A small group in the hundreds loosely linked to the High Commission put up a counter demonstration, which was dwarfed by the demonstration by the Tamil Diaspora, which exceeded over a thousand. The pro-High Commission counter demonstration had sent e-mails out previously canvassing support but was unsuccessful in making any impact on the British press.
The Park Lane Hilton is unlikely to offer accommodation to the Sri Lankan President in the near future, considering the inconvenience caused to their clients. All other heads of state attended the Diamond Jubilee Celebrations in vehicles, which displayed their respective national flag. For security reasons Mahinda Rajapakse was sneaked around under high security in a Range Rover without the national flag. He was later seen smiling in the same vehicle being driven to the airport. The President left for Rome for an audience at the Vatican, perhaps yearning for solace.
The British as usual managed that fine balance between the right of the citizen to protest and the rights of a member nation of the Commonwealth with no violence in law enforcement. They have and continue to fine tune their law enforcement and policing strategies. If High Commissioner Nonis’s strategy was to tread softly ignoring the war crimes issue and focusing on the positives of Sri Lanka, then the 6th of June was a massive embarrassment before the entire Commonwealth and the British public who had up to then enjoyed a peaceful Diamond Jubilee free of such incidents and unpleasantness. Her Majesty would not have been amused.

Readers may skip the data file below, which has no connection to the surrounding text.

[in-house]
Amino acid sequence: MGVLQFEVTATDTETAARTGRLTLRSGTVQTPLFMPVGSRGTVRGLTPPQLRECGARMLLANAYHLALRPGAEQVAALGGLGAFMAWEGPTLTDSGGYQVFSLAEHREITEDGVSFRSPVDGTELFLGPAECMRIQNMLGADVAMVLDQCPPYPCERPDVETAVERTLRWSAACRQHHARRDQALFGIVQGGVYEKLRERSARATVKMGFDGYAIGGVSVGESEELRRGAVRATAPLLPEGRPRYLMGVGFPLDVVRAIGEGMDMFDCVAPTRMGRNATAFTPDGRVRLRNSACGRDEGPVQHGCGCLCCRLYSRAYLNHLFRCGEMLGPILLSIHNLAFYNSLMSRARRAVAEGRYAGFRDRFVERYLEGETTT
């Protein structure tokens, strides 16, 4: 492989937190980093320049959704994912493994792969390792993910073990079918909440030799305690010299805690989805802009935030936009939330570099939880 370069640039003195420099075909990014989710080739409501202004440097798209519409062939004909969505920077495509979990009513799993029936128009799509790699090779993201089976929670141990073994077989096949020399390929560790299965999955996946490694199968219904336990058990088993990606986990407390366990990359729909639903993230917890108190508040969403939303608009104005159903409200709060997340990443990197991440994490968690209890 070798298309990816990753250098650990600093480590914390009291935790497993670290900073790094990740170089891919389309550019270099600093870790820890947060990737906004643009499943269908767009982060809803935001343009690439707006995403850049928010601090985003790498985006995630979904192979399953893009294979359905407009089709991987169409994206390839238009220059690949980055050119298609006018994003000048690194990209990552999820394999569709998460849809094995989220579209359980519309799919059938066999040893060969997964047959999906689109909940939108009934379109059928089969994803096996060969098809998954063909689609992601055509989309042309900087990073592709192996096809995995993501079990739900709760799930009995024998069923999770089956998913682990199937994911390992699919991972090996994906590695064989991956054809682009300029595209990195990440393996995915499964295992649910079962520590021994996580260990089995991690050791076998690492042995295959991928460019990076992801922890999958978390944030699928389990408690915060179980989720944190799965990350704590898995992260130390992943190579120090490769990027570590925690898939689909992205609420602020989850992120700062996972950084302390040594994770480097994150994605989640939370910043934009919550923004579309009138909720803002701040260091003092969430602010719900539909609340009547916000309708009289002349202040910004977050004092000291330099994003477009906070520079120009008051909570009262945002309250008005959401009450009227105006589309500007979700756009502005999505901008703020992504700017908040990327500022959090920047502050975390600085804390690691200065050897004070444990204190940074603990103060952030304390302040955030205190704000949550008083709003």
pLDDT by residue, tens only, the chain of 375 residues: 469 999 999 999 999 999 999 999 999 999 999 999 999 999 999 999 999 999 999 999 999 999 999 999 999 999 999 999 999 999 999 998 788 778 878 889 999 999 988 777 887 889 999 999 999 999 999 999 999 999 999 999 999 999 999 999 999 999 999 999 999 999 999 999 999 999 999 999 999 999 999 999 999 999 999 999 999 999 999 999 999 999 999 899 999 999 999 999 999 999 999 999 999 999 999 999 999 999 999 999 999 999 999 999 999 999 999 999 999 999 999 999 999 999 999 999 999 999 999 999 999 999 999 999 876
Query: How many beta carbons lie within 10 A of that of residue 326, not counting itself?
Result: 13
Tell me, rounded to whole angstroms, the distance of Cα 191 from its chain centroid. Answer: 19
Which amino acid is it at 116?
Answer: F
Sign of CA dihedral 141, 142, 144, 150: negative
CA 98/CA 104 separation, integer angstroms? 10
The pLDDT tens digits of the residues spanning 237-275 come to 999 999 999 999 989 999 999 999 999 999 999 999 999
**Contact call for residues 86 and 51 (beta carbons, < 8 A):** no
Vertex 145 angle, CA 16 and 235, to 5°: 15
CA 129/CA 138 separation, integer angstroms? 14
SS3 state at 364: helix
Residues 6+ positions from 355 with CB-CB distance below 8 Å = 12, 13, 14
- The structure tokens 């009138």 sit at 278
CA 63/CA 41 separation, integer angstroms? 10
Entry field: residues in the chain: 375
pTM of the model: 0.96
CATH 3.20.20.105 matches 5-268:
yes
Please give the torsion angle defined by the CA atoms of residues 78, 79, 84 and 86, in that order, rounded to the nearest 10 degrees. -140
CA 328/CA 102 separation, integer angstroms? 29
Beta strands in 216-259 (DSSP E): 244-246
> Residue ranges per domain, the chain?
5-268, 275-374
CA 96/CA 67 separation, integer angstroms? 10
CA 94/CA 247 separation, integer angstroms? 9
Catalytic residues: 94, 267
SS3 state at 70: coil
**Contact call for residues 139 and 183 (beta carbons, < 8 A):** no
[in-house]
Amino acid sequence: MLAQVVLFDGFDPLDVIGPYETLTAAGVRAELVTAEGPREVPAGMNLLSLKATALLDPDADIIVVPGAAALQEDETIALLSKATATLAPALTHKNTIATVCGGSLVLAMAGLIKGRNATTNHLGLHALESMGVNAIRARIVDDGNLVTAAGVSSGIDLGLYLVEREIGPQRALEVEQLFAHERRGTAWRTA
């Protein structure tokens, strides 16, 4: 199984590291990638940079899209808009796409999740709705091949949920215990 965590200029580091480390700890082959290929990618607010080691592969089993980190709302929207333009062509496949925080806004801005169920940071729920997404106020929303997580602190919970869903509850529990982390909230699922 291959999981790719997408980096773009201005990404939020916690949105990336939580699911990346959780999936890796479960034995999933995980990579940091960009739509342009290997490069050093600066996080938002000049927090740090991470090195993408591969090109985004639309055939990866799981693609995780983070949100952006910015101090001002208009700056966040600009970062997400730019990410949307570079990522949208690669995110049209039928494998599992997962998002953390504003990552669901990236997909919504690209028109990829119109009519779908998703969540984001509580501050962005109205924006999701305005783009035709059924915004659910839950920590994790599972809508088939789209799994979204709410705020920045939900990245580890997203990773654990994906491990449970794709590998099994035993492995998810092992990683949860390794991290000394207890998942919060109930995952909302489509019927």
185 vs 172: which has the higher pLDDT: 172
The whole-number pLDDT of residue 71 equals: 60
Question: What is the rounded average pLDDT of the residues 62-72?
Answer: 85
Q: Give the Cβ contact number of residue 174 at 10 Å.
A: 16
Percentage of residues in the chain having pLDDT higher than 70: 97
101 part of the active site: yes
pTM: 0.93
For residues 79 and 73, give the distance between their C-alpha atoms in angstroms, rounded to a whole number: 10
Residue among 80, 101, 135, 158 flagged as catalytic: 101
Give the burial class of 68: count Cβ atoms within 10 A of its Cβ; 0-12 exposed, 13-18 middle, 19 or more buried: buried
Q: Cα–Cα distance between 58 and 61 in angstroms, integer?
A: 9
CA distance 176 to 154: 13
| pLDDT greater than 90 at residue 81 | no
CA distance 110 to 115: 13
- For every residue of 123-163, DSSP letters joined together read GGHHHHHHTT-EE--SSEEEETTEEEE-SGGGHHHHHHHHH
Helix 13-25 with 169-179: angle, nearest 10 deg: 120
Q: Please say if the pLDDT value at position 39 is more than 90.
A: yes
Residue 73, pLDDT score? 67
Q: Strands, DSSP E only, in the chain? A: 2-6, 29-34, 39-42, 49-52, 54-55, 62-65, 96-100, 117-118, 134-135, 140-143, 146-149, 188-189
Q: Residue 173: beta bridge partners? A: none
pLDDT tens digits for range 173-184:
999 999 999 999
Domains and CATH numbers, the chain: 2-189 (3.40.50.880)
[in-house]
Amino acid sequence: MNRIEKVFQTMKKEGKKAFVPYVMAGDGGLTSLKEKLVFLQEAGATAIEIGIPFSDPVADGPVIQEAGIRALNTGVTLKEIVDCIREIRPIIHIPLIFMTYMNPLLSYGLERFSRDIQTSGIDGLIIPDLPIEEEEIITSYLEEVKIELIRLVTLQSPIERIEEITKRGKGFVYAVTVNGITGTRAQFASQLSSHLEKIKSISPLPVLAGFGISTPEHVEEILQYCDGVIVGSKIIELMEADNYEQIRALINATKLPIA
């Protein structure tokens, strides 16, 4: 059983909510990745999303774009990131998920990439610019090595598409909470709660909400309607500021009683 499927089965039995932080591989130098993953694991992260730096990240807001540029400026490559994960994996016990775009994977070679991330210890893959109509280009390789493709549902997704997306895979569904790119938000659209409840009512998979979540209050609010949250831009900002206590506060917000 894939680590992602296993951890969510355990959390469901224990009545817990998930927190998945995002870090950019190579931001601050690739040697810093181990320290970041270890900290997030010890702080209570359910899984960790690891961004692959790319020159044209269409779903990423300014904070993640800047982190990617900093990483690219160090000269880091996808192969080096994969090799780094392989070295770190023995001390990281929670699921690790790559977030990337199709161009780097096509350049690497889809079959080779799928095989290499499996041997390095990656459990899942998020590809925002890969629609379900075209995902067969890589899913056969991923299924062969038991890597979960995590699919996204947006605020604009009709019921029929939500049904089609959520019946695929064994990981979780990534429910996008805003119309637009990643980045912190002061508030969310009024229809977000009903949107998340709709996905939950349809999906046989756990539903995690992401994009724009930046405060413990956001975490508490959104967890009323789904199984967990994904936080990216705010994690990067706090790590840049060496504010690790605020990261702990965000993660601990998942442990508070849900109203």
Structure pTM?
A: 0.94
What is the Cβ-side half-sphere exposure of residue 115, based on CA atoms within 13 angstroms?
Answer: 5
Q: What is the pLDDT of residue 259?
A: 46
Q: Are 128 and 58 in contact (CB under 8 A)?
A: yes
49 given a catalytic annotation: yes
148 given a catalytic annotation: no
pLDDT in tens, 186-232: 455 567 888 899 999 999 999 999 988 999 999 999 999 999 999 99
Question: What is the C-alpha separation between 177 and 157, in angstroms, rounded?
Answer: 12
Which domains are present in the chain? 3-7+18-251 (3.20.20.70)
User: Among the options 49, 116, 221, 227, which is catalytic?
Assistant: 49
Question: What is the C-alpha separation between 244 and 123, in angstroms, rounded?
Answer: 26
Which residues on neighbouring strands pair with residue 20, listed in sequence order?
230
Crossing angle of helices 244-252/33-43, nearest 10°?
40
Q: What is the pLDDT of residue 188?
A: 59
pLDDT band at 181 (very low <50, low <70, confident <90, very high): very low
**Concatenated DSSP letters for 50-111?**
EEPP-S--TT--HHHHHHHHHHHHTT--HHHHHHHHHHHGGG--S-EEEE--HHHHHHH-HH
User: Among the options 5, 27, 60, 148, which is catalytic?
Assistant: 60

For Nonis who has no prior diplomatic exposure it would have been a baptism by fire. But thanks to his British public school education, he delivered with a stiff upper lip, where many would have failed.
Referring to the Tamil Diaspora as “terrorists” or “terrorist rump” is a failing outdated strategy, which only exposes the political bankruptcy of the Rajapakse administration, which seem increasingly incapable of guiding Sri Lanka strategically away from the present morass. Sri Lanka needs a paradigm shift in strategy to defeat the challenges that confronts her. The present tinkering is too little, too late.